• Tribes: “Observed and future impacts from climate change threaten Native Peoples’ access to traditional foods such as fish, game, and wild and cultivated crops, which have provided sustenance as well as cultural, economic, medicinal, and community health for generations.” (NCA, Ch. 12: Indigenous Peoples)
• Infrastructure: “Water infrastructure for flood control, navigation, and other purposes is susceptible to climate change impacts and other forces because the designs are based upon historical patterns of precipitation and streamflow, which are no longer appropriate guides.” (NCA, Ch. 18: Midwest)
Examples of Efforts Underway in Minnesota to Address Climate Change
In Minnesota, many efforts are already underway to mitigate and respond to the impacts of climate change, including: Preparing Communities for the Consequences of Climate Change:
• Many important preparedness, resilience, and adaptation efforts are already being led by local, state, and regional entities across the country. Mechanisms being used by local governments to prepare for climate change include: land-use planning; provisions to protect infrastructure and ecosystems; regulations related to the design and construction of buildings, road, and bridges; and preparation for emergency response and recovery. These local adaptation planning and actions are unfolding in municipalities of different sizes, and regional agencies and regional aggregations of governments are also taking actions. And States have also become important actors in efforts related to climate change.
• Chairwoman Karen Diver (Fond du Lac Band of Lake Superior Chippewa, MN) serves on the President’s State, Local and Tribal Leaders Task Force for Climate Preparedness. Chairwoman Diver has led a number of mitigation and adaptation initiatives to boost solar power usage and energy efficiency following Fond du Lac’s ratification of the Kyoto Protocol in 2007.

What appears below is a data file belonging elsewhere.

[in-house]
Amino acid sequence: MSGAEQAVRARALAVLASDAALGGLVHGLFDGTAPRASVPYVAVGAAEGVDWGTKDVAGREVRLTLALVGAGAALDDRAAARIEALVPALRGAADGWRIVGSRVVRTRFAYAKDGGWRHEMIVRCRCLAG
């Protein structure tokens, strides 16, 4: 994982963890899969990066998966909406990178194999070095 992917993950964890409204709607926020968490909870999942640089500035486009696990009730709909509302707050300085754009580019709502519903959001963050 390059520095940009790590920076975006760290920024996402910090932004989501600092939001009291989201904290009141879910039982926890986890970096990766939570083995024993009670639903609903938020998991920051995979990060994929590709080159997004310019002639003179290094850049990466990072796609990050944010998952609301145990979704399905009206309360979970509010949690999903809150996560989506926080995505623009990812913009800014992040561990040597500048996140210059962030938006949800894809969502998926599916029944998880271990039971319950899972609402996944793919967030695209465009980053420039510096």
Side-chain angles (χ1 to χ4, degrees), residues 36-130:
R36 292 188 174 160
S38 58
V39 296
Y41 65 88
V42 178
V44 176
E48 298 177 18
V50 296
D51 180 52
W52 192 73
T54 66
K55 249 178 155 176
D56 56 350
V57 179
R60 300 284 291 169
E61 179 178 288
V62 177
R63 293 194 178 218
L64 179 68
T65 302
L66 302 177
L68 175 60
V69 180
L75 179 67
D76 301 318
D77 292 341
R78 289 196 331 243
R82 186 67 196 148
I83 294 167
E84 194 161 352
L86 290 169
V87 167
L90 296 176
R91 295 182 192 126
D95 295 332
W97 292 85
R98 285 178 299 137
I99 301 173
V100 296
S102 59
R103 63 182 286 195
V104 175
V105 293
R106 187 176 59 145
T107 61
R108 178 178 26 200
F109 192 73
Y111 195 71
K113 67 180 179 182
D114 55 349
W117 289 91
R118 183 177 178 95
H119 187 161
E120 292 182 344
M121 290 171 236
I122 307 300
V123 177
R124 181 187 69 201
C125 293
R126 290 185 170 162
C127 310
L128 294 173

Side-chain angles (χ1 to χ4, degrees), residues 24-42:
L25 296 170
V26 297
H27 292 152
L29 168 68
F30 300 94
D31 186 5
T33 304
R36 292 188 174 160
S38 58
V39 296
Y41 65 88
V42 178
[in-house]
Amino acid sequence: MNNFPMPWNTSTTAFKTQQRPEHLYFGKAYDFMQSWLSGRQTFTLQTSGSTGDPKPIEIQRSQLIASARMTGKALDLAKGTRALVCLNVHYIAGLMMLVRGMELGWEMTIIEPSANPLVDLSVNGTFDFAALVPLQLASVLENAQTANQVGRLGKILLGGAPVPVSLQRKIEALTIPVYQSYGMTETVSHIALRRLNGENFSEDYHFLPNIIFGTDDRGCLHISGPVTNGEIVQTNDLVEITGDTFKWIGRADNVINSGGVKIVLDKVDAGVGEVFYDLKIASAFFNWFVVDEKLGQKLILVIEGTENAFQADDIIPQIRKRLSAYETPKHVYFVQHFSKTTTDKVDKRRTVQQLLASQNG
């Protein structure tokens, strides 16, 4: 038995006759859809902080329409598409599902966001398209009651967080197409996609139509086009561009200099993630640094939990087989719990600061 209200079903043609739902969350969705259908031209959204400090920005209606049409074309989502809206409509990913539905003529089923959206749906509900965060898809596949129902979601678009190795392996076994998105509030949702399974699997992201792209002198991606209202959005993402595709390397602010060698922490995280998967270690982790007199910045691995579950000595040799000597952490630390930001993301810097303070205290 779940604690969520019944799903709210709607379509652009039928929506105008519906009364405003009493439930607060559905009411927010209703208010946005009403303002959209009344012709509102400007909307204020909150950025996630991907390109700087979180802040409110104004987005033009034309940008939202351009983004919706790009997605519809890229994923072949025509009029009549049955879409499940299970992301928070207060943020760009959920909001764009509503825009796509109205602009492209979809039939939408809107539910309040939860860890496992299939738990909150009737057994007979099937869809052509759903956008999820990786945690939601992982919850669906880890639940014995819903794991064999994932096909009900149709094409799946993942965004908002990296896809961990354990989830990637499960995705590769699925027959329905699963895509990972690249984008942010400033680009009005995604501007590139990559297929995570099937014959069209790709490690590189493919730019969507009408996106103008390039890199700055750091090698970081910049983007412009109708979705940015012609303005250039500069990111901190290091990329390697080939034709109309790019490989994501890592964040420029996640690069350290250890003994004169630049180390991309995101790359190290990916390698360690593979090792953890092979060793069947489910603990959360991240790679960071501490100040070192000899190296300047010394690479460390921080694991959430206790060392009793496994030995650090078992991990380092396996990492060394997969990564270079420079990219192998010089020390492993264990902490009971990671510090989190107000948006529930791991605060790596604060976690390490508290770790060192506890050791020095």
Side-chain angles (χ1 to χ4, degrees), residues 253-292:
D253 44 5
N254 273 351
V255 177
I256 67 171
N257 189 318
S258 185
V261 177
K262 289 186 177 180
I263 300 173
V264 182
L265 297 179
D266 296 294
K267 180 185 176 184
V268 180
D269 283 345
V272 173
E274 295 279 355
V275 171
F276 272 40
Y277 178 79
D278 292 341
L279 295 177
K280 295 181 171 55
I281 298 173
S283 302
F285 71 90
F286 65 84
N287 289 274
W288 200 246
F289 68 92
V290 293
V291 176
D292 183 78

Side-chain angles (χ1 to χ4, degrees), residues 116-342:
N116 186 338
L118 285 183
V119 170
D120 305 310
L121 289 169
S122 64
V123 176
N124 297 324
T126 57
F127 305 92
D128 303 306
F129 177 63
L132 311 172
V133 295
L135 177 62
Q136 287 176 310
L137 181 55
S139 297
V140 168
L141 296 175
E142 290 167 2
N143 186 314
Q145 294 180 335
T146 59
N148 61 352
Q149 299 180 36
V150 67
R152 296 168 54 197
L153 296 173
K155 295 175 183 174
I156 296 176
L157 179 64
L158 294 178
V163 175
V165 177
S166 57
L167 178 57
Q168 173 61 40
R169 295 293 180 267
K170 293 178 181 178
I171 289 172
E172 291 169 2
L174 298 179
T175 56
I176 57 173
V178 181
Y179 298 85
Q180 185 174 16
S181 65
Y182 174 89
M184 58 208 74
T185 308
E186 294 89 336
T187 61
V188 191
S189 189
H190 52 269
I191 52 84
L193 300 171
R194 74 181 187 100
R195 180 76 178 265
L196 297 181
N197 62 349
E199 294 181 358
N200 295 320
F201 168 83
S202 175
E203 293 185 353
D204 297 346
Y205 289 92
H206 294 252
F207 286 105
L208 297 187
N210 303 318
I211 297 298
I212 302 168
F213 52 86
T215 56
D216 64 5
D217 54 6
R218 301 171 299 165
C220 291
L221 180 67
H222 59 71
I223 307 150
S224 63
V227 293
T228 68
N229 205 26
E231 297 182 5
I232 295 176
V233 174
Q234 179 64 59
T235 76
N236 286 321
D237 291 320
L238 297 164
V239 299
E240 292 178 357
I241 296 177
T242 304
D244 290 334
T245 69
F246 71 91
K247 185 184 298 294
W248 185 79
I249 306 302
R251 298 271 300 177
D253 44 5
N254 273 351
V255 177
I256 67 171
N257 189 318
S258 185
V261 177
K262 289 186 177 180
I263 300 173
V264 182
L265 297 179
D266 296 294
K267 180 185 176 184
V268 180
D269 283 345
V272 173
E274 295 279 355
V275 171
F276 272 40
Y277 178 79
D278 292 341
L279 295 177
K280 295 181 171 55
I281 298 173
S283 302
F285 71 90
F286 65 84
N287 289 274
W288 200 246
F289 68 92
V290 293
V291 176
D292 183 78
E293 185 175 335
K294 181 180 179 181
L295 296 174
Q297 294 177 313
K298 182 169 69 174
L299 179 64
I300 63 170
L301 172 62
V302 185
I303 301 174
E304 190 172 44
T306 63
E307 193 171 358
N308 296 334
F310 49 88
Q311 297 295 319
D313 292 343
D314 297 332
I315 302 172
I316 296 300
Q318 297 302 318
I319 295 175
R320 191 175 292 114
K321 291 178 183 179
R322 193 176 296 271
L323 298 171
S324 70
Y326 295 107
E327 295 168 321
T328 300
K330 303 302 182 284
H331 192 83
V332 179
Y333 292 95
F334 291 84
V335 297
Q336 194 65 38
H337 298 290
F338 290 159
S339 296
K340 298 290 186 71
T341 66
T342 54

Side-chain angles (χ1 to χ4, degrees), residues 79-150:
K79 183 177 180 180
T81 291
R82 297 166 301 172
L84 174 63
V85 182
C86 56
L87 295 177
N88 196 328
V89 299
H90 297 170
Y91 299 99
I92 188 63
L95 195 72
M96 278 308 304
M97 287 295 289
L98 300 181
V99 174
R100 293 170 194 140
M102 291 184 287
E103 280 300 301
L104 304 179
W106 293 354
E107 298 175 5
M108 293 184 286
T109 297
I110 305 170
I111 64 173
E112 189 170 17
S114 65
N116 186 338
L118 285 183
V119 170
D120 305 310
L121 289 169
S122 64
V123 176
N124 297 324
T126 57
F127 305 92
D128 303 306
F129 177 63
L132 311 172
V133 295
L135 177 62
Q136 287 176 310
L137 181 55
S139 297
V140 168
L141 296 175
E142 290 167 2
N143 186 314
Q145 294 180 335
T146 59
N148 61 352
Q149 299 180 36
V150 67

Cutting Carbon Pollution in Minnesota:
In 2012, major facilities in Minnesota emitted more than 42 million metric tons of carbon pollution—that’s equal to the yearly pollution from almost 9 million cars. Through the Climate Action Plan and state initiatives, there are many efforts already underway to mitigate and respond to the impacts of climate change in Minnesota, including:
• Investing in Clean Energy: Since President Obama took office, the U.S. increased solar-electricity generation by more than ten-fold and tripled electricity production from wind power. In Minnesota, renewable energy generation from wind, solar, and geothermal sources increased more than 80 percent. Since 2009, the Administration has supported tens of thousands of renewable energy projects throughout the country, including 261 in Minnesota, generating enough energy to power more than 130,000 homes and helping Minnesota meet its own goal of generating 25 percent of its electricity from renewable energy sources by 2025.
• Improving Efficiency: Using less energy to power our homes, businesses and vehicles is critical to building a clean and secure energy future. President Obama has made essential investments in research and development for energy efficiency advances, and set new standards to make the things we use every day – from cars to microwaves – more efficient.
President Obama established the toughest fuel economy standards for passenger vehicles in U.S. history. These standards will double the fuel efficiency of our cars and trucks by 2025, saving the average driver more than $8,000 over the lifetime of a 2025 vehicle and cutting carbon pollution.
Since October 2009, the Department of Energy and the Department of Housing and Urban Development have jointly completed energy upgrades nearly two million homes across the country, saving many families more than $400 on their heating and cooling bills in the first year alone.
As part of the President’s Better Buildings Challenge, the state of Minnesota committed to reducing energy intensity 20 percent by 2020 in 22 million square feet of public buildings. Aeon and the Minneapolis Public Housing Authority, Multifamily Residential Partners, have committed to reduce energy intensity 20 percent in 10 years in a combined 7.2 million square feet of buildings.
For more information about the third U.S. National Climate Assessment, please visit www.globalchange.gov.